Dar es Salaam. Azania Bank shareholders have raised Sh120.5 billion in additional capital to boost liquidity following the approval of its acquisition of Bank M Tanzania Limited.
The amount brings Azania Bank’s total capital to Sh184.5 billion.
The Bank of Tanzania (BoT) authorised the merger of the two banks with effect from January 2, 2019 after Bank M went under.
Speaking in Dar es Salaam yesterday, Azania Bank managing director Charles Itembe said the lender acquired Bank M under what is termed as “acquisition by the operation of law”.
An acquisition by the operation of law refers to a manner in which an individual acquires certain rights or liabilities through no act or cooperation of his or her own, but merely by the application of the established legal rules to the particular transaction.
After Bank M was under the BoT’s statutory management for five months, the banking regulator finally announced on January 2, 2019 that the lender would be acquired by Azania Bank.
BoT then transferred Bank M’s total assets and liabilities, totaling about Sh800 billion, to Azania Bank.
“The decision to acquire the institution was made during the bank’s annual general meeting held last December where Azania Bank’s old and new shareholders unanimously agreed to recapitalise the bank to make it strong enough to acquire Bank M,” Mr Itembe said.
After the acquisition, he said, full integration of Azania Bank’s operations will be completed within 45 days from March 15, 2019 when the acquisition agreement was signed.
“We expect to open doors not later than May 2, 2019 when our clients and those who used to bank with Bank M will continue to receive our services across all of Azania Bank’s 19 branches as well as from the three branches that were being operated by Bank M,” he said.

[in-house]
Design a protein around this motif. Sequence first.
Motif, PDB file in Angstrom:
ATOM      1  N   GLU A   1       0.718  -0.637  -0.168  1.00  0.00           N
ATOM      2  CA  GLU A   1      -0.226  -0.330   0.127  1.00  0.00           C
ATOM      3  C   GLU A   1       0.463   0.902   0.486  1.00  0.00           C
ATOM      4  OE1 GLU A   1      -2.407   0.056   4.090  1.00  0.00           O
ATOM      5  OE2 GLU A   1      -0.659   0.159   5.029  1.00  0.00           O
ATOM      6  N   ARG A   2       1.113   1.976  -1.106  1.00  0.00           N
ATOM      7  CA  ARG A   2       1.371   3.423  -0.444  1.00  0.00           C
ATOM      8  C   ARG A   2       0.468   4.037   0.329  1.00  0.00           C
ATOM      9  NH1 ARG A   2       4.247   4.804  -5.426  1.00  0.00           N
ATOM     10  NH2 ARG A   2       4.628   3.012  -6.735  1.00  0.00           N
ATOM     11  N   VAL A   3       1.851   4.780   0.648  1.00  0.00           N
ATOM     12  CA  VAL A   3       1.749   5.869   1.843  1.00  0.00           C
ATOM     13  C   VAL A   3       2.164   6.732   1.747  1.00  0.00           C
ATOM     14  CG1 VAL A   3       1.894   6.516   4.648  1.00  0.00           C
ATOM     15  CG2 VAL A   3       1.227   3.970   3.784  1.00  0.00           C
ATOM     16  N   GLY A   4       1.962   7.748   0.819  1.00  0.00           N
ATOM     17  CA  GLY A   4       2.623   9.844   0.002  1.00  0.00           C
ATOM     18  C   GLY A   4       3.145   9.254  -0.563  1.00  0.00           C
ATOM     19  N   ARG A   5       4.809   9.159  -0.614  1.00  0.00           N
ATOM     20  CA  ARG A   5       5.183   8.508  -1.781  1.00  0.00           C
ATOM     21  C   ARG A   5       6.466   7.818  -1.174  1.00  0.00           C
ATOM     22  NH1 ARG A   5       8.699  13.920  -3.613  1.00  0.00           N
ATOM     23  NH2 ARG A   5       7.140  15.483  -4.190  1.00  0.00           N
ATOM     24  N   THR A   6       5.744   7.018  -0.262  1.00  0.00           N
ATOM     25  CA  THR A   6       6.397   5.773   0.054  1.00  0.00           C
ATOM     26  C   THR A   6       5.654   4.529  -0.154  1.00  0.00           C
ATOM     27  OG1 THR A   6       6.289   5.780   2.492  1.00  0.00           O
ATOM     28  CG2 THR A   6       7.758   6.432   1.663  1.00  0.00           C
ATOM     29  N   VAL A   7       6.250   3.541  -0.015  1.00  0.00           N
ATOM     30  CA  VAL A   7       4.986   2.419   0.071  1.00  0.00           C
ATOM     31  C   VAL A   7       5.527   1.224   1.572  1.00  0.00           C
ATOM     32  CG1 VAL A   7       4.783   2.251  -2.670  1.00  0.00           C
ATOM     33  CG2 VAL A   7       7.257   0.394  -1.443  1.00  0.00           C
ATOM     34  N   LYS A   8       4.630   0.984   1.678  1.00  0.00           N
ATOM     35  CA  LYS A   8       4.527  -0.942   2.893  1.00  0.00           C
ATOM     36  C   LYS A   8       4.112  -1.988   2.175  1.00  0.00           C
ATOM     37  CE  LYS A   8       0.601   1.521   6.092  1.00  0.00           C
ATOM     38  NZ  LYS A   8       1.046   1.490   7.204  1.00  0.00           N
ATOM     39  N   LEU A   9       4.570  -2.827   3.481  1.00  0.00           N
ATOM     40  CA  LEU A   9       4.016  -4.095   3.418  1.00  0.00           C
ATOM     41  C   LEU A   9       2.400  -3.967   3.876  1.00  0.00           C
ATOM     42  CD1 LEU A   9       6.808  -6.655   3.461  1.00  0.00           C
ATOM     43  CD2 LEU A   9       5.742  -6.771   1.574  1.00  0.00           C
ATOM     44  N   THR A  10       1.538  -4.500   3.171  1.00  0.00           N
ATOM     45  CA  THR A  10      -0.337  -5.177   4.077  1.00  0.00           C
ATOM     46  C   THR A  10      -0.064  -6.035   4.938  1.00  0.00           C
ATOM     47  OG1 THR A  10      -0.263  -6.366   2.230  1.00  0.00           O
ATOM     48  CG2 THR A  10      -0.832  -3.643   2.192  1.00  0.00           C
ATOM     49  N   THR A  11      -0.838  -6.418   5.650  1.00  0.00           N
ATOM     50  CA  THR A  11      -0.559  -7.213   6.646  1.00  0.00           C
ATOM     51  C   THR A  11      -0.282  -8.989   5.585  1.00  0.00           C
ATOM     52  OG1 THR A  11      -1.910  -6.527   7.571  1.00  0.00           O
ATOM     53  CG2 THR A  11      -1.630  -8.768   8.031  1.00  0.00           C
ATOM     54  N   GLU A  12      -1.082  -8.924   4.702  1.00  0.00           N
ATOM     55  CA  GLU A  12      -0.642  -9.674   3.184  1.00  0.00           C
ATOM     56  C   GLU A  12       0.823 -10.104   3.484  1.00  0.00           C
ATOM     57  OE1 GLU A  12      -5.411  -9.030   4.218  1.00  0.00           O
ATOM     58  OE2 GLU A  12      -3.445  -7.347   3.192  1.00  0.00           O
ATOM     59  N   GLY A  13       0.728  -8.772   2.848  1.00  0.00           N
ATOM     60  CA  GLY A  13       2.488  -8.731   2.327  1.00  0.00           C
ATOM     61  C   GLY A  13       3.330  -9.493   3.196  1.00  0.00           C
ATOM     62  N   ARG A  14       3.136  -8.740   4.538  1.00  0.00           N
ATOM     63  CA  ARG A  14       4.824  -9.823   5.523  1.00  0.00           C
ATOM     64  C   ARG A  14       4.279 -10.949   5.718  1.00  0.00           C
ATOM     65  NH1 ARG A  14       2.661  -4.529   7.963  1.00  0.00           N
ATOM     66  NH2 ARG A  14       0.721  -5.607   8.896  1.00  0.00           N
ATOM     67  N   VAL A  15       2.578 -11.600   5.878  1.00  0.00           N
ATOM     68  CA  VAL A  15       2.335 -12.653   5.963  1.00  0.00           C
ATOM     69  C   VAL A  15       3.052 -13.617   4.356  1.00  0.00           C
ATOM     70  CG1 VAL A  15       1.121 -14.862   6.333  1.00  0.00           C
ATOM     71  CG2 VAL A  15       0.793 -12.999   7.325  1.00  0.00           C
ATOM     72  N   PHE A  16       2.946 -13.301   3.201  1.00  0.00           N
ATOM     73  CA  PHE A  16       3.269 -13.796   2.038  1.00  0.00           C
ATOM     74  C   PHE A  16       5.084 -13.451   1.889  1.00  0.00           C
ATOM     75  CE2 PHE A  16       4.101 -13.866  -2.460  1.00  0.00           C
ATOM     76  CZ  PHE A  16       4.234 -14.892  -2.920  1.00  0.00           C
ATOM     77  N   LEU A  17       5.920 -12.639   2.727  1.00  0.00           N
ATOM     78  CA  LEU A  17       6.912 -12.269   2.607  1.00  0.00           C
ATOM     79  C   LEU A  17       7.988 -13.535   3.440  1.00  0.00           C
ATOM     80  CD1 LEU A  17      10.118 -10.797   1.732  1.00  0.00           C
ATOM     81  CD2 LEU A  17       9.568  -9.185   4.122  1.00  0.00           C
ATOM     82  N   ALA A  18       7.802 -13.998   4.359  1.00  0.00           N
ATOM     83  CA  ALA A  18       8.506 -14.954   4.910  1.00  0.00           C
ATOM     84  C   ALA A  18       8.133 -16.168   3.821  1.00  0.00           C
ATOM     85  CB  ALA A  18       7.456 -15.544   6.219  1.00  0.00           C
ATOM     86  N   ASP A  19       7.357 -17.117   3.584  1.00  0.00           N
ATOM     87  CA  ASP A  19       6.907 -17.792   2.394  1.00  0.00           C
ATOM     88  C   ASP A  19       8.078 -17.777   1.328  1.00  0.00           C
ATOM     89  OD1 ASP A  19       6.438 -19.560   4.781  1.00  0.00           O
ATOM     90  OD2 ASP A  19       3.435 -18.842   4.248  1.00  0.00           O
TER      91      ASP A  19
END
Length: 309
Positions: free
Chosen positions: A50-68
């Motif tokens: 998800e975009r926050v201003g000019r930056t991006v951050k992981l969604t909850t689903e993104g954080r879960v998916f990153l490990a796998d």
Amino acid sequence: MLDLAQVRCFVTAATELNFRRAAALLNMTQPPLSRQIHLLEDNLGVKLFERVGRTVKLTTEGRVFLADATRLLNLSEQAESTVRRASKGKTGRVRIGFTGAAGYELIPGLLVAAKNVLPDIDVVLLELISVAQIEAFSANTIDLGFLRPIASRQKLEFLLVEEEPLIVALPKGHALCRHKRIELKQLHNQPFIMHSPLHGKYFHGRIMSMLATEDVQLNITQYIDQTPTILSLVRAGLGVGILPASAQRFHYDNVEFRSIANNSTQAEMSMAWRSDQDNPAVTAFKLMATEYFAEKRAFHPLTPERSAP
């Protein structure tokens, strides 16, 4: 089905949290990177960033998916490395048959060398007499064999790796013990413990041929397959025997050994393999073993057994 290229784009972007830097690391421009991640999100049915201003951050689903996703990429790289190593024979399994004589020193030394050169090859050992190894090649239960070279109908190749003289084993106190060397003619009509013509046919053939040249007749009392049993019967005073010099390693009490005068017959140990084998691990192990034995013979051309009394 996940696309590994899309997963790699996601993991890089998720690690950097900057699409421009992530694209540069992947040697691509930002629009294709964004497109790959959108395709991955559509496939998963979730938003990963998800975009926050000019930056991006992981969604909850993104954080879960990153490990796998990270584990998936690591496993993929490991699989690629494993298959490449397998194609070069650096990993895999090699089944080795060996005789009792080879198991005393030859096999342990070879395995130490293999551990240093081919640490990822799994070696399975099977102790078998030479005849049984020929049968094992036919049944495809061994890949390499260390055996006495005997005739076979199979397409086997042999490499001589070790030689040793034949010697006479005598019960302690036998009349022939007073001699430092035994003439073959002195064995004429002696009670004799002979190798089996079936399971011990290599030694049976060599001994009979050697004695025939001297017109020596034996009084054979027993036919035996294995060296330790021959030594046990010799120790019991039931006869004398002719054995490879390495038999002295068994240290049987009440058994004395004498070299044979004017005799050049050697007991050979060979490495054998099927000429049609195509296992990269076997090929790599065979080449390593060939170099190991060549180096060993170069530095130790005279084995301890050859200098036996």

Mr Itembe said Azania Bank had absorbed all 166 employees who were previously working with Bank M, bringing the total number of its staff to 360.
Azania Bank Limited was initially owned by the National Social Security Fund (NSSF), Public Service Social Security Fund (PSSSF), East African Development Bank (EADB) as well as the bank’s employees as minority shareholders. With the need to raise more capital, new shareholders came in the form of the National Health Insurance Fund (NHIF) and the Workers Compensation Fund (WCF).
The ownership structure currently stands at 51.95 per cent for the PSSSF, 27.99 per cent for NSSF, 17.42 per cent for NHIF, 1.79 per cent for WCF, while EADB and minority shareholders hold 0.51 per cent and 0.34 per cent stakes, respectively.
“The raised capital is meant to address liquidity challenges, support expansion plans and strengthen the bank’s ability to conduct big transactions,” said Mr Itembe.
The move, he added, would enable one to borrow up to Sh36 billion from the bank compared to the previous Sh12 billion ceiling.
“The acquisition, which will further heighten confidence in the banking system, and will also see Azania Bank assume Tier One status,” said Mr Itembe.
He reassured clients of Bank M on the safety of their money, saying it was in safe hands.